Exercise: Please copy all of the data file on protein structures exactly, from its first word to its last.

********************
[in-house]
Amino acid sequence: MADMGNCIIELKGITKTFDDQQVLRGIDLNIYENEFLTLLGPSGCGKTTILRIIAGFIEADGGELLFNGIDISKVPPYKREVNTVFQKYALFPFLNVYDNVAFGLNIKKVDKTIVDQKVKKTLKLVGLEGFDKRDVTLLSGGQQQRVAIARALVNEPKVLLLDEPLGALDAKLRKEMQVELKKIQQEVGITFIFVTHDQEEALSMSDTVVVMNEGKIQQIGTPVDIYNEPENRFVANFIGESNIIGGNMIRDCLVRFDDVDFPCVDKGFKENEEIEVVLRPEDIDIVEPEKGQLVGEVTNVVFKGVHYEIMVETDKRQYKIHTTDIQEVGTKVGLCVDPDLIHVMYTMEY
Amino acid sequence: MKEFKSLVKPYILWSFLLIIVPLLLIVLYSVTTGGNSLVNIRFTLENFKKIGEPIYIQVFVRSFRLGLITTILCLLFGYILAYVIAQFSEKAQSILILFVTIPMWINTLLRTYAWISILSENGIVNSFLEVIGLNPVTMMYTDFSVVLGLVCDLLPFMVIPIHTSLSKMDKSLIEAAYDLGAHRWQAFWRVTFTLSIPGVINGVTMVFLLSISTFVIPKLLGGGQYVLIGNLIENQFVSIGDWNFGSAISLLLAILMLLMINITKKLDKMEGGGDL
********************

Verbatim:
[in-house]
Amino acid sequence: MADMGNCIIELKGITKTFDDQQVLRGIDLNIYENEFLTLLGPSGCGKTTILRIIAGFIEADGGELLFNGIDISKVPPYKREVNTVFQKYALFPFLNVYDNVAFGLNIKKVDKTIVDQKVKKTLKLVGLEGFDKRDVTLLSGGQQQRVAIARALVNEPKVLLLDEPLGALDAKLRKEMQVELKKIQQEVGITFIFVTHDQEEALSMSDTVVVMNEGKIQQIGTPVDIYNEPENRFVANFIGESNIIGGNMIRDCLVRFDDVDFPCVDKGFKENEEIEVVLRPEDIDIVEPEKGQLVGEVTNVVFKGVHYEIMVETDKRQYKIHTTDIQEVGTKVGLCVDPDLIHVMYTMEY
Amino acid sequence: MKEFKSLVKPYILWSFLLIIVPLLLIVLYSVTTGGNSLVNIRFTLENFKKIGEPIYIQVFVRSFRLGLITTILCLLFGYILAYVIAQFSEKAQSILILFVTIPMWINTLLRTYAWISILSENGIVNSFLEVIGLNPVTMMYTDFSVVLGLVCDLLPFMVIPIHTSLSKMDKSLIEAAYDLGAHRWQAFWRVTFTLSIPGVINGVTMVFLLSISTFVIPKLLGGGQYVLIGNLIENQFVSIGDWNFGSAISLLLAILMLLMINITKKLDKMEGGGDL